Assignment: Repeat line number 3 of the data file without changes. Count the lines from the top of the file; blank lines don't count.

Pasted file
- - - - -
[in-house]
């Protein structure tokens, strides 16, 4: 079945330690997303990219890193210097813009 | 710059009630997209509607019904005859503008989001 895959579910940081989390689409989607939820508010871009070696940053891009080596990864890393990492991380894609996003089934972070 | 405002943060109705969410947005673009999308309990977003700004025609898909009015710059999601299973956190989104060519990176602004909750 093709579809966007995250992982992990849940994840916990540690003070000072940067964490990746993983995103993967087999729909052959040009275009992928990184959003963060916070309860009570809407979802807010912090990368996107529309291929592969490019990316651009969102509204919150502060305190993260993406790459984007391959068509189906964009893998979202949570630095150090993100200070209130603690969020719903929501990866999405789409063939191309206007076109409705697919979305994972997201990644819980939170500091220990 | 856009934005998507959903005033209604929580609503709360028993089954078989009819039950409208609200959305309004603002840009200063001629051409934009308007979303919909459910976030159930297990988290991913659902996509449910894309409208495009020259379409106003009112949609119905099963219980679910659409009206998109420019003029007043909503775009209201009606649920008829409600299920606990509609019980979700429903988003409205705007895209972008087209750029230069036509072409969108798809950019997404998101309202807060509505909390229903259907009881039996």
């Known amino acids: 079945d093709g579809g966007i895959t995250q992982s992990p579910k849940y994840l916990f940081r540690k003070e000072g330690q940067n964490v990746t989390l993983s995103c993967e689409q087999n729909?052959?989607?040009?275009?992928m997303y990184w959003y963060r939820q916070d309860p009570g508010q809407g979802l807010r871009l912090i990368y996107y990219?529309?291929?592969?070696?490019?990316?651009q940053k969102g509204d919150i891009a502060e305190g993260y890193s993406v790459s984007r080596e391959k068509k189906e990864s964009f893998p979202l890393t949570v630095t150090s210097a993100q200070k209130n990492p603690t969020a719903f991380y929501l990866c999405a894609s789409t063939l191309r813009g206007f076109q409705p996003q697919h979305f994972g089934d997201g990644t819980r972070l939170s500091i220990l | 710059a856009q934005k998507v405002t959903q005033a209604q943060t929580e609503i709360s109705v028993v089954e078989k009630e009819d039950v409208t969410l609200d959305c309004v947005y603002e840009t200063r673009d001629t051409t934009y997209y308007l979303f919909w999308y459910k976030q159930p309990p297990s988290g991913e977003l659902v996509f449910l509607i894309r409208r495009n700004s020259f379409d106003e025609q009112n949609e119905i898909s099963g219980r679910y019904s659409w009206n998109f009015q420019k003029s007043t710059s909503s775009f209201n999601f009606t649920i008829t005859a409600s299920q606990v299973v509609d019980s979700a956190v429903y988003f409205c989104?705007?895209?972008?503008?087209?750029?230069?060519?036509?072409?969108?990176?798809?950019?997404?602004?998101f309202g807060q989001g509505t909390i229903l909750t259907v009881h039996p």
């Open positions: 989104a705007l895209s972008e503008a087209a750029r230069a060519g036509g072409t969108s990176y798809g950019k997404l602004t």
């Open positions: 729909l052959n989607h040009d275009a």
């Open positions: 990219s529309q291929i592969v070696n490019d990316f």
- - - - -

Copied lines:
């Known amino acids: 079945d093709g579809g966007i895959t995250q992982s992990p579910k849940y994840l916990f940081r540690k003070e000072g330690q940067n964490v990746t989390l993983s995103c993967e689409q087999n729909?052959?989607?040009?275009?992928m997303y990184w959003y963060r939820q916070d309860p009570g508010q809407g979802l807010r871009l912090i990368y996107y990219?529309?291929?592969?070696?490019?990316?651009q940053k969102g509204d919150i891009a502060e305190g993260y890193s993406v790459s984007r080596e391959k068509k189906e990864s964009f893998p979202l890393t949570v630095t150090s210097a993100q200070k209130n990492p603690t969020a719903f991380y929501l990866c999405a894609s789409t063939l191309r813009g206007f076109q409705p996003q697919h979305f994972g089934d997201g990644t819980r972070l939170s500091i220990l | 710059a856009q934005k998507v405002t959903q005033a209604q943060t929580e609503i709360s109705v028993v089954e078989k009630e009819d039950v409208t969410l609200d959305c309004v947005y603002e840009t200063r673009d001629t051409t934009y997209y308007l979303f919909w999308y459910k976030q159930p309990p297990s988290g991913e977003l659902v996509f449910l509607i894309r409208r495009n700004s020259f379409d106003e025609q009112n949609e119905i898909s099963g219980r679910y019904s659409w009206n998109f009015q420019k003029s007043t710059s909503s775009f209201n999601f009606t649920i008829t005859a409600s299920q606990v299973v509609d019980s979700a956190v429903y988003f409205c989104?705007?895209?972008?503008?087209?750029?230069?060519?036509?072409?969108?990176?798809?950019?997404?602004?998101f309202g807060q989001g509505t909390i229903l909750t259907v009881h039996p």